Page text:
Tag Archives: Callum Turner

Tramps (Adam Leon, 2016)

Back in 2012, American director Adam Leon made his feature debut with Gimme the Loot, which concerned two graffiti artists looking to tag an iconic landmark as revenge against a rival gang, but needing to raise $500 prior to pulling off their grand scheme. A shaggy two-hander caper that was short and sweet, Gimme the Loot was a film that thrived on the chemistry of its two young leads and an evocation of a side of New York City rarely given much attention in contemporary cinema. It recalled much of the spirit of early Richard Linklater and lighter Jean-Luc Godard fare, as well as the humanist, music-heavy films of the late Jonathan Demme, the latter of whom lent the US release of Gimme the Loot a “Jonathan Demme Presents” credit to help it out.

A few years on, Leon is back with Tramps, under the Netflix Originals banner, which concerns a very different pair of young protagonists, but is a film of a similar mould – a romp through upstate and city-based New York that’s thin on narrative, but high on energy. The caper plot this time around involves a briefcase swap deal that goes wrong, the full specifics of which are so vague as to be inconsequential; Tramps is more about the mischief of the matter than the danger. One’s mileage may vary as to how important that lack of, uh, importance is, but details such as what’s actually in the briefcase, or where it’s from, are besides the point for the tone Leon (who co-wrote the film) is going for…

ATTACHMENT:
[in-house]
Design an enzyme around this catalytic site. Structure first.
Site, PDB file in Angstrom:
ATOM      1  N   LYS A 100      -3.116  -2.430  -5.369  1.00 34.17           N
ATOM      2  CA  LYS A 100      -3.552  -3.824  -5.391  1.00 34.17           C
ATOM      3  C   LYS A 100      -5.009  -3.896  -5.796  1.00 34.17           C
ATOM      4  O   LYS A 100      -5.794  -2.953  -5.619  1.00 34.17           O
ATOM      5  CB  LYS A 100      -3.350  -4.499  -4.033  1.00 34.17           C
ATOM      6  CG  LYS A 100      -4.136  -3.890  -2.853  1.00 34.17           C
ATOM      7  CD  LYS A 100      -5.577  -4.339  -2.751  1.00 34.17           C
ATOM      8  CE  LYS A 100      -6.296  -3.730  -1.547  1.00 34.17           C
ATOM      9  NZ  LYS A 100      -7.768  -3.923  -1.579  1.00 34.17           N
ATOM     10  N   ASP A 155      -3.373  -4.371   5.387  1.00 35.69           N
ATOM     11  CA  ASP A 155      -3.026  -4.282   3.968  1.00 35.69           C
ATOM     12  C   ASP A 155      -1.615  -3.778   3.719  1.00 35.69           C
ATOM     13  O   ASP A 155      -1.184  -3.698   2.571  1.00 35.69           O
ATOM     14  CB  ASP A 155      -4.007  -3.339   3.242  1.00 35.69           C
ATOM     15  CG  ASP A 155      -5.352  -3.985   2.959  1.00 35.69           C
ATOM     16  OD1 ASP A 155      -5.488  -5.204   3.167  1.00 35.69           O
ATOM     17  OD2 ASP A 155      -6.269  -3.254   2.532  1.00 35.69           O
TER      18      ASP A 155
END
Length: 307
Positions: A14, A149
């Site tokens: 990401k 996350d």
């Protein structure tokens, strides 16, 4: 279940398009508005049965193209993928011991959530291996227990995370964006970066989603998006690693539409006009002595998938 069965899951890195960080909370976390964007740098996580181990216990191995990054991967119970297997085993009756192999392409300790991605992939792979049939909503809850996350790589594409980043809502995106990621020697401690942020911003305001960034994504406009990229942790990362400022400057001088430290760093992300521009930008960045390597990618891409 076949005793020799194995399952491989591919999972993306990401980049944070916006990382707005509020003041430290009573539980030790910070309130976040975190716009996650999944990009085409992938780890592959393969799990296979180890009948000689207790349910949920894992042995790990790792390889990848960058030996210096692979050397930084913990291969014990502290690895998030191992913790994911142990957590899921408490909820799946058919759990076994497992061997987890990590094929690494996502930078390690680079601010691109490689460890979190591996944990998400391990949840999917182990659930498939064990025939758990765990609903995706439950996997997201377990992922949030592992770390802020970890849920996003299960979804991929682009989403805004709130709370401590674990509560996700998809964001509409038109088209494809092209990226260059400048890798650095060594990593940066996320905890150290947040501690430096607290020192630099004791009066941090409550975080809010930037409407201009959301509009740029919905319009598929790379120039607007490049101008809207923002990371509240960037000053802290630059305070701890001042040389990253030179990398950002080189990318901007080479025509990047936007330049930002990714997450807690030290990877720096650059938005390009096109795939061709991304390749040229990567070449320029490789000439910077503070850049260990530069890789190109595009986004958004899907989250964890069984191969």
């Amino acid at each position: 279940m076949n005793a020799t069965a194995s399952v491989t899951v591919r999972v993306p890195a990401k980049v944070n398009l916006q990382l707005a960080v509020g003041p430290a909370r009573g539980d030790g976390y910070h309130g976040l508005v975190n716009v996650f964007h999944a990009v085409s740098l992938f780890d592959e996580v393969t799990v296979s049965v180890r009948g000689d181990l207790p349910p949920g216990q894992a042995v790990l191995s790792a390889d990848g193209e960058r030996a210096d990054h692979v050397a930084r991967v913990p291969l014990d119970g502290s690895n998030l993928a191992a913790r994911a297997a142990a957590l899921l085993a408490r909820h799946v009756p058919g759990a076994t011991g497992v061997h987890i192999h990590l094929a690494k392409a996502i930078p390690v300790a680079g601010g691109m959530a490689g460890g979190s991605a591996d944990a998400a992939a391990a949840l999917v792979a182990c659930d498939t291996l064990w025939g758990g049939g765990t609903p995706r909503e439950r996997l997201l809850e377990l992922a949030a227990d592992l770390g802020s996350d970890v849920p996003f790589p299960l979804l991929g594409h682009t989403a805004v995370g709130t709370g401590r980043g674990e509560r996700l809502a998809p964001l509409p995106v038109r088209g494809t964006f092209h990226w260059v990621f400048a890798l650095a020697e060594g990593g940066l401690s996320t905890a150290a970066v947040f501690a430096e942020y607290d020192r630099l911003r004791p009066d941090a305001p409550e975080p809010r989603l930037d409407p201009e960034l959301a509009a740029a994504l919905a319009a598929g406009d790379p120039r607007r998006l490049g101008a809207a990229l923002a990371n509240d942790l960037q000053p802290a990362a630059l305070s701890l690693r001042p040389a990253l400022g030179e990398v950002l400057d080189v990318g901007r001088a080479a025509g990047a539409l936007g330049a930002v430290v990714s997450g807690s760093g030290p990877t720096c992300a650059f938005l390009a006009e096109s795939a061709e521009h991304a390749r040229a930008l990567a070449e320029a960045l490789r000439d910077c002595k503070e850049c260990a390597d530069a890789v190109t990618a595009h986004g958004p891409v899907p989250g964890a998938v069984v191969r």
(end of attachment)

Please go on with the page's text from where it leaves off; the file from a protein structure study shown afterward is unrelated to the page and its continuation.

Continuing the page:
Full review for VODzilla.co

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Green Room (Jeremy Saulnier, 2015)

Green Room, Jeremy Saulnier’s follow-up to Blue Ruin, trades the latter’s revenge thriller territory for the mode of siege movie – albeit one with a twist along the lines of Blue Ruin’s architect of revenge being an inept, hangdog vagrant. Here the besieged party is a young punk band trapped in the green room of a backwoods club they’ve begrudgingly agreed to play. The party keeping them from leaving? The club’s very far-right staff, including proprietor Darcy (Stewart, in a wonderful piece of stunt casting), after the band witnesses a crime the neo-Nazi group’s extremely keen to cover up…

Full review for The Skinny